A new prognostic score was proposed by the Groupe Ouest Est d'Etude des Leucémies et Autres Maladies du Sang (GOELAMS), which incorporated FLT3 mutations but excluded age and prior allo-SCT from the European Prognostic Index (EPI), and has since been validated.14  Again, early relapse from CR1 predominates as a prognostic indicator, along with FLT3 mutations and high-risk cytogenetics at diagnosis.

Table 1 provides a description of the GOELAMS and EPI scores. Interpretation of these scores requires an understanding of the age range of the subjects used to establish the score and the range of therapies offered. Therefore, if a study focuses on a nontransplanted group, outcomes might be quite different because there is no guarantee that the same factors affect outcome after intensive chemotherapy as affect outcome after allo-SCT.

Table 1.

Prognostic scores in relapsed AML

Prognostic scores in relapsed AML
Prognostic scores in relapsed AML

Two-year outcome: 0 points (good): OS 58%, EFS 45%; 1 point (intermediate): OS 37%, EFS 31%; 2 or 3 points (poor): OS 12%, EFS 12%. One-year/5-year outcome: 0-6 points (good) OS 70%/46%; 7-9 points (intermediate) OS 49%/18%; 10-14 points (poor) OS 16%/4%.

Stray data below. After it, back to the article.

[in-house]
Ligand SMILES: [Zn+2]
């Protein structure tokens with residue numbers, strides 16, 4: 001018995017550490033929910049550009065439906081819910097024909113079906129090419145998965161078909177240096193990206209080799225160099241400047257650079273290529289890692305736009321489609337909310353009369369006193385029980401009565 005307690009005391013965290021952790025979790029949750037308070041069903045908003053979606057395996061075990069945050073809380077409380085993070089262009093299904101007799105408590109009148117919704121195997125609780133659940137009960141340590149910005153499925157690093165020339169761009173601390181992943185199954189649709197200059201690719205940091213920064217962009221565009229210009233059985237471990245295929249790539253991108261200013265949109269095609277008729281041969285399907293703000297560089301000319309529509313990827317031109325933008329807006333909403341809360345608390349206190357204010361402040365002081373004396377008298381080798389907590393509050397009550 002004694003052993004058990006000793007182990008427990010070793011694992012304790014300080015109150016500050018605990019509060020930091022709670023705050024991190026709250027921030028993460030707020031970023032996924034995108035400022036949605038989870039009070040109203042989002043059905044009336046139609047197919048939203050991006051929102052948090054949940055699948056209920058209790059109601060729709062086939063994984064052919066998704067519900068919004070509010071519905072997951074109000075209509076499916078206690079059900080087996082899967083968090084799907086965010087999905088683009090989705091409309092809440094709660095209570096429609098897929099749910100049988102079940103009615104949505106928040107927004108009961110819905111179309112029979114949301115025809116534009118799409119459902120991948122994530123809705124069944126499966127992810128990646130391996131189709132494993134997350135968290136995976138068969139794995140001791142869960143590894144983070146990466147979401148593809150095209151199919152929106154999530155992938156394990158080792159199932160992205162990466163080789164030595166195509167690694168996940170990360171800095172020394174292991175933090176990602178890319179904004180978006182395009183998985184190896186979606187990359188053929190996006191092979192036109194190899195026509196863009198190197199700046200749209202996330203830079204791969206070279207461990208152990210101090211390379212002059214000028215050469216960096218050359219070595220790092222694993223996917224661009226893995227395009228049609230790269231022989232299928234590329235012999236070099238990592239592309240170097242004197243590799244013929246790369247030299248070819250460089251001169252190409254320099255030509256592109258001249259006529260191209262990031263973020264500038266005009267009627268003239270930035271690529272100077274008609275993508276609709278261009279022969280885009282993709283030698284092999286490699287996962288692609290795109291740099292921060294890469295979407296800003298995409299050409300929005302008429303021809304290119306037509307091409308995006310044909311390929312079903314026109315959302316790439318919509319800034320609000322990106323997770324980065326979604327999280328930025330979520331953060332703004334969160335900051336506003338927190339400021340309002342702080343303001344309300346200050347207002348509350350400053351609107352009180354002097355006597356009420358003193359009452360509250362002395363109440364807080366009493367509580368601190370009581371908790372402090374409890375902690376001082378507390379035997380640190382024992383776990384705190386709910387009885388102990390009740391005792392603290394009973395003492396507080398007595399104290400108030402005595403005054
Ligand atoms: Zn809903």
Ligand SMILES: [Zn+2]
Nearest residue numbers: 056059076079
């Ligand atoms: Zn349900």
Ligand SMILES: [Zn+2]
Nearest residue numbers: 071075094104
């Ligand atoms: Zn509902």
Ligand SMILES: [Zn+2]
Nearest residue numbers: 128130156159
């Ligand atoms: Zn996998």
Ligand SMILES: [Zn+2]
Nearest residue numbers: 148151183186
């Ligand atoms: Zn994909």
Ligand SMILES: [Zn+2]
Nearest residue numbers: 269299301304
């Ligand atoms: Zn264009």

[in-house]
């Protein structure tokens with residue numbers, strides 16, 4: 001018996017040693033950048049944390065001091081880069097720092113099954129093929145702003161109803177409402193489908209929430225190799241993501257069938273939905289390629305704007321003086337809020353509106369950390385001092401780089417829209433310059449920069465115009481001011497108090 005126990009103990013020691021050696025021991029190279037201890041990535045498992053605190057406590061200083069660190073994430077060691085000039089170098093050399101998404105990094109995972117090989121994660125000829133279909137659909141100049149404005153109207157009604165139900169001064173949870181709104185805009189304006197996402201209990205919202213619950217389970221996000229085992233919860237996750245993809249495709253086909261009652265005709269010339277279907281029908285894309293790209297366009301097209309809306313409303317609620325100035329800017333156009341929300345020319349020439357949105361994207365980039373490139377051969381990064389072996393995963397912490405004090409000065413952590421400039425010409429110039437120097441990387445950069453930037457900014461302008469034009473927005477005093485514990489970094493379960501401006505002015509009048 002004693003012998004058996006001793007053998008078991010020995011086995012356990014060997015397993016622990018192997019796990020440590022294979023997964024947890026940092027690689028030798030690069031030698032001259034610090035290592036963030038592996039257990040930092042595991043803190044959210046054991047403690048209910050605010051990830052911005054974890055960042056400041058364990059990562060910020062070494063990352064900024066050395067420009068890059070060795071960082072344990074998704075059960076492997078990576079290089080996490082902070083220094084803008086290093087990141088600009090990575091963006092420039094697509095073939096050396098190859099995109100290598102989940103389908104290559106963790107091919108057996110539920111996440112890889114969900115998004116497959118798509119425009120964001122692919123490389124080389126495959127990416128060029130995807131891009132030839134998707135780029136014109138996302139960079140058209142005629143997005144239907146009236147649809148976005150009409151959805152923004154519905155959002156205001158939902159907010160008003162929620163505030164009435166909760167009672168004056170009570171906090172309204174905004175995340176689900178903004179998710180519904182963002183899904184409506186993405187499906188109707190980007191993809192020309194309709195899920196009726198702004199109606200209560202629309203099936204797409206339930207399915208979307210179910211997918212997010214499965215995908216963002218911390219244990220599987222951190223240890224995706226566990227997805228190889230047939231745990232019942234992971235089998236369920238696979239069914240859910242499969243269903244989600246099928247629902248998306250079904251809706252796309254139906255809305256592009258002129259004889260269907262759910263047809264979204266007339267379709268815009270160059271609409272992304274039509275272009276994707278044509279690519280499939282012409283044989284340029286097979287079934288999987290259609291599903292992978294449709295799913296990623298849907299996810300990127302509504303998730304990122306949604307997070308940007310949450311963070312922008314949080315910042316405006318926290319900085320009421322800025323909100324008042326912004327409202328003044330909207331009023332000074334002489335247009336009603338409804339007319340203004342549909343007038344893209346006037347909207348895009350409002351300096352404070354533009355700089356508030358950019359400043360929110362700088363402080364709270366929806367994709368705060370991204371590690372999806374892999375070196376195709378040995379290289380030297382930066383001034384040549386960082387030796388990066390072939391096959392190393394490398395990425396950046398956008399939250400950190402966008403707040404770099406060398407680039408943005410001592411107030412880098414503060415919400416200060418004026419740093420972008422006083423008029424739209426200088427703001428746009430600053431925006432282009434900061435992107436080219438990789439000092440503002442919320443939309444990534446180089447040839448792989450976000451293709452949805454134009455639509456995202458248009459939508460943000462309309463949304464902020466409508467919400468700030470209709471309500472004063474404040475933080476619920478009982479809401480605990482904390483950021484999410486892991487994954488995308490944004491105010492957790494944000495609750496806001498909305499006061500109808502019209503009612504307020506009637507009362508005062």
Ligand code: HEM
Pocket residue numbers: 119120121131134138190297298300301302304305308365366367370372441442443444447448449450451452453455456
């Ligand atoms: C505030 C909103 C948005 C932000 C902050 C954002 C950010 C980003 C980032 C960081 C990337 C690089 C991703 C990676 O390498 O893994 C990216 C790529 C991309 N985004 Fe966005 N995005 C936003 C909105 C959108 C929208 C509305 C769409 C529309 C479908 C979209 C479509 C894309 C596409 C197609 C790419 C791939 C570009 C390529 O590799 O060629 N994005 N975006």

FLT3-ITD indicates FLT3 internal tandem duplication.

The problem of relapse after prior allo-SCT for patients with AML in CR1

Whereas it is generally acknowledged that allo-SCT offered in CR1 for patients with intermediate- and high-risk AML offers the best chance of cure, it is also recognized to be a high-risk treatment with a failure rate that also includes relapse.15  Whereas achieving CR2 may be a target in these patients, decisions regarding the use of immunotherapy in the form of withdrawal of immunosuppression, addition of donor lymphocyte infusion, or second transplantations are dependent on the type of donor used, the availability of second donations, and GVHD status of the patient at the time of relapse. Again, the interval between first transplantation and relapse is demonstrably important in making therapeutic decisions.16  This is clearly a situation where individualization of therapeutic decisions is appropriate. Patients who have a low volume of disease burden and can be induced into CR2 or have relapsed late after first hematopoietic SCT are most likely to do better whatever the choice of subsequent therapy.